April 1, 2020 · 3 min read
The New York Times reports on how the federal government tried and failed to increase the stockpile of ventilators. Some are reading this as a story about the private sector, the profit motive, or “greed”. I think it’s a story about incompetent project management.
The story in brief: The Department of Health and Human Services (HHS) identified the ventilator shortage, and contracted with a small company, Newport, to make them. Newport got acquired by big company, Covidien. Contract was not important to Covidien and they canceled it. HHS found another supplier, but now it’s too late.
The big question that the story does not answer: For a critical strategic resource, why did the HHS rely on a single, small supplier?
To anyone familiar with business, the story of how this contract went is not surprising. Small companies get acquired all the time. Priorities always change in an acquisition. It’s not at all unusual for projects and contracts to get canceled. This risk was totally foreseeable.
Even if the company hadn’t been acquired, all kinds of things could have happened to it. Small companies go out of business all the time. Projects fail all the time. “Supplier risk” should be a standard checkbox on anyone’s contingency planning efforts.
This is even more so when you deliberately push the price down to 30% of the market rate. Newport did not even necessarily expect to be profitable on the contract:
Ventilators at the time typically went for about $10,000 each, and getting the price down to $3,000 would be tough. But Newport’s executives bet they would be able to make up for any losses by selling the ventilators around the world.
“It would be very prestigious to be recognized as a supplier to the federal government,” said Richard Crawford, who was Newport’s head of research and development at the time. “We thought the international market would be strong, and there is where Newport would have a good profit on the product.”
Why did the HHS put all their eggs in one basket? Did they have any risk management or contingency plan? Did they have any provisions in the contract, such as penalties for failure to deliver?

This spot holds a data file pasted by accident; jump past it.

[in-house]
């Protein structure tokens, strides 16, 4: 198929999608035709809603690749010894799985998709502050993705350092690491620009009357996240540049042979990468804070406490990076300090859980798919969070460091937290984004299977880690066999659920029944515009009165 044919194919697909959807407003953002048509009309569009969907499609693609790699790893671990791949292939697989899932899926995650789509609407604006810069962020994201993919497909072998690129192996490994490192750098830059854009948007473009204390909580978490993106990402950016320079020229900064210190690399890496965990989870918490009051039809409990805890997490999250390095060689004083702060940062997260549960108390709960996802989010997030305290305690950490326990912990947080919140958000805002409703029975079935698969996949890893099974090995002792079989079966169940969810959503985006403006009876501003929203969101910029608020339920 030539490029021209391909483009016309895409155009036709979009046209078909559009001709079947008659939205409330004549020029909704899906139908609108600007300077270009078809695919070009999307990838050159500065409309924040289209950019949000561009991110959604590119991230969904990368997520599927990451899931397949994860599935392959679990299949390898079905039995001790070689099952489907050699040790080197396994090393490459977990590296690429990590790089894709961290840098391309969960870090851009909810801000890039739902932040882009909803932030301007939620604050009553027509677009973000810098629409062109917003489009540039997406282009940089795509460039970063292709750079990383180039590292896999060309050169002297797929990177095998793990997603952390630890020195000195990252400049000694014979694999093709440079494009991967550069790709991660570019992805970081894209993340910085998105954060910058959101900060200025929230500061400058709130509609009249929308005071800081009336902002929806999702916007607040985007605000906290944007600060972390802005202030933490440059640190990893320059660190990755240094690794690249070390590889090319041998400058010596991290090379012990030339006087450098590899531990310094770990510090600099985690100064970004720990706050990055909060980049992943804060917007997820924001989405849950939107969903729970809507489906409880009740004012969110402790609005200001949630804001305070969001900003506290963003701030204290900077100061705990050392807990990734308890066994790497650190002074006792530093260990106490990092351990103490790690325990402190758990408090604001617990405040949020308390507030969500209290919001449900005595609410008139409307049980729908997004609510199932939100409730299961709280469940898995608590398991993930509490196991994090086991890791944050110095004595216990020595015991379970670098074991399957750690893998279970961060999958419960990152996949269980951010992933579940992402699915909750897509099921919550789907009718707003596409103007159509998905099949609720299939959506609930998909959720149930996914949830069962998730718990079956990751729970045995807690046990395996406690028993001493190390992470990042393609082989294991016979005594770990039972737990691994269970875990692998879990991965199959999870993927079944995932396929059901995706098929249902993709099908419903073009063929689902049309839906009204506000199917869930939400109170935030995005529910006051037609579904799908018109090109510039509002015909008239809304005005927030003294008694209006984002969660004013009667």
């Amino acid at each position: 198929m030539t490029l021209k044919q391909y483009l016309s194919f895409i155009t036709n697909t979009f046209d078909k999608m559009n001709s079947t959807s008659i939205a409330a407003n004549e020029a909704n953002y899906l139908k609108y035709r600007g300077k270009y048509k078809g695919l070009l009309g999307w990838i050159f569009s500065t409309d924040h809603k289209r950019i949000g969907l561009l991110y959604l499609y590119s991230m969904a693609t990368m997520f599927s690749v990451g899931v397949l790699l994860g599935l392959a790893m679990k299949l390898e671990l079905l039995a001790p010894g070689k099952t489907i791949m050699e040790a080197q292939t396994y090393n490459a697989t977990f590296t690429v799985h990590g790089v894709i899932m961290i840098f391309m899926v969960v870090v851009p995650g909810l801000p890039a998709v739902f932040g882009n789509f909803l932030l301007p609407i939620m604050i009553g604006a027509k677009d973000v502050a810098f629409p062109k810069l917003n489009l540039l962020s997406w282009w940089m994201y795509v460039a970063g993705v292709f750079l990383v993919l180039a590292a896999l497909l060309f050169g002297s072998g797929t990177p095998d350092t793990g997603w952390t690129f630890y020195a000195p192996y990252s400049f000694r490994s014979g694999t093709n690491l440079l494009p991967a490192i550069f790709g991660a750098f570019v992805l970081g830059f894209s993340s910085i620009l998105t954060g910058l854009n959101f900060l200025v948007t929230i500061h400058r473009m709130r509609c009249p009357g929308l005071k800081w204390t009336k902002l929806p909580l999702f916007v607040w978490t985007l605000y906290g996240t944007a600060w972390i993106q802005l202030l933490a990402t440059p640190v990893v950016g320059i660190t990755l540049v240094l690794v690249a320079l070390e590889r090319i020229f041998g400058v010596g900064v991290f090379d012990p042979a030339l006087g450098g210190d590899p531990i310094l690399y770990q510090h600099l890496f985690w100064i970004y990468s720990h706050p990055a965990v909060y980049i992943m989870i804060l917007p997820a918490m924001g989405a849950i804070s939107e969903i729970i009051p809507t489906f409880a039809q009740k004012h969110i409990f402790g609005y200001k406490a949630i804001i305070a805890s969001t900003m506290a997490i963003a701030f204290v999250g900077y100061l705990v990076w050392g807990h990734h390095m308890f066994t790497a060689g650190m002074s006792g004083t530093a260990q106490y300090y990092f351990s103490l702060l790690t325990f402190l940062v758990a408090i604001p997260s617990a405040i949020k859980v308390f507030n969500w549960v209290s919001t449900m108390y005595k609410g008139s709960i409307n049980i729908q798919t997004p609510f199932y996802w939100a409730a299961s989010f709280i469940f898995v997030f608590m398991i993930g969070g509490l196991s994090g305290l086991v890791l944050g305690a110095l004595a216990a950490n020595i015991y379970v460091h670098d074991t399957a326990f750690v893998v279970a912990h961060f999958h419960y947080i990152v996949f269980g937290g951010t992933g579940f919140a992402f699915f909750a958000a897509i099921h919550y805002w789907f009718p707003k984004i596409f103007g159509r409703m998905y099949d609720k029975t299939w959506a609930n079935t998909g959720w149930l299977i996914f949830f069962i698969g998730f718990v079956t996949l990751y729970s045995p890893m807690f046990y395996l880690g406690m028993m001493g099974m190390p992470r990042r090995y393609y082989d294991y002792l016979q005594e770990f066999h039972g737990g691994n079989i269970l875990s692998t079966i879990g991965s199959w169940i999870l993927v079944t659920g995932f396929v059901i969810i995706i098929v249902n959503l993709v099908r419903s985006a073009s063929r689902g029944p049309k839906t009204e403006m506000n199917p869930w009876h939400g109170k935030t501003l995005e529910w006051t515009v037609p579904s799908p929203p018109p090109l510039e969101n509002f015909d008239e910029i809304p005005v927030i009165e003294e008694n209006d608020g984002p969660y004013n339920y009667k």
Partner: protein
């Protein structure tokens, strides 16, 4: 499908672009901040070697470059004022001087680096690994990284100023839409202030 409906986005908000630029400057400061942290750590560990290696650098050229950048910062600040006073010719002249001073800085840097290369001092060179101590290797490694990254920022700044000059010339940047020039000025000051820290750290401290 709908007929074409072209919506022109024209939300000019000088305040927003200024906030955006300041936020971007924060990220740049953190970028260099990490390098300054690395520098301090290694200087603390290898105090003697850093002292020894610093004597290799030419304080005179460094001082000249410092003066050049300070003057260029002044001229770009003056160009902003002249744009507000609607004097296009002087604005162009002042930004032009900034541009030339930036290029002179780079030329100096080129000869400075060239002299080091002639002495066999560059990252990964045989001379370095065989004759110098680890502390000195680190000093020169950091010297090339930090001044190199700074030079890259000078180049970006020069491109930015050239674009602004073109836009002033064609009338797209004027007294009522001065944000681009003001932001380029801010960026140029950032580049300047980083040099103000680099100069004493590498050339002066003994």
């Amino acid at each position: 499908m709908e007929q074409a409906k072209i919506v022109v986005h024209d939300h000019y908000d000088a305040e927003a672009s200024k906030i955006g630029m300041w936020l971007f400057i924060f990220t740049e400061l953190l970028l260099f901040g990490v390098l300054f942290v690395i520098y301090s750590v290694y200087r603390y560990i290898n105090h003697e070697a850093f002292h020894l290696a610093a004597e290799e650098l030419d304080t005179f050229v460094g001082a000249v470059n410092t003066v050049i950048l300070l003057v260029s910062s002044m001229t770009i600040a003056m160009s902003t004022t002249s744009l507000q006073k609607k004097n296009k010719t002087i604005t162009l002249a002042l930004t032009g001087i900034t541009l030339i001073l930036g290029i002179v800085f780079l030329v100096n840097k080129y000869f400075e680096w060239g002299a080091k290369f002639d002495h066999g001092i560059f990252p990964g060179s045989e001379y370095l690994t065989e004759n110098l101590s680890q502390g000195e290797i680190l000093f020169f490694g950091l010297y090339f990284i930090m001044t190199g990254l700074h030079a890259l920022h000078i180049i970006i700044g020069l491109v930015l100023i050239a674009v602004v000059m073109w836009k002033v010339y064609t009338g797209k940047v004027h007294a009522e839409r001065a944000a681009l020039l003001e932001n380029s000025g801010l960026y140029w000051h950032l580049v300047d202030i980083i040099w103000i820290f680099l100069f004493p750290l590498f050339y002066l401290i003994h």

Why did the HHS take so long to realize that things were off track, and to react? They had clues immediately after the acquisition that Covidien was not happy with the contract. When did they start looking for a second supplier?
Covidien tried to renegotiate the contract almost immediately after the acquisition in 2012. But the story gives no indication that HHS did anything about the risk until two years later, in 2014, when Covidien said they wanted to cancel the contract.
When a key vendor doesn’t come through with a crucial resource, you do not get to blame the vendor for the failure of your project. It was on the HHS to make sure the ventilators got made, one way or another. First rule of leadership: everything is your fault.
The story suggests that Covidien bought Newport in order to take out a competitor with a lower-priced product. But there’s a hole in that story: If this lower-priced product was such a threat, then once Covidien owned it, why not use it to take out all their competitors?
A much more plausible answer to my mind is that the project was unprofitable owing to an artificially low price point, and it just wasn’t worth the focus and resources. This kind of thing happens all the time, and again, anyone with business experience would not be surprised. I mean, this is like Starbucks acquiring La Boulange and then shutting them down. It’s not some sinister ploy to “take out a competitor”, it’s just a project that got deprioritized.
And don’t even get me started on the FDA, who apparently had to approve all these devices. How much did they add to the timeline? And to the R&D expenses, which get baked into the cost of the product? Also, what about all the other regulatory capture that favors large companies in medtech and drives consolidation in the industry?
Many people look at this and conclude the problem was “outsourcing to the private sector” or “corporate greed.” I think it’s the opposite: we “outsourced” emergency preparedness to a centralized institution that is a single point of failure.
These days I do most of my writing at The Roots of Progress. If you liked this essay, check out my other work there.
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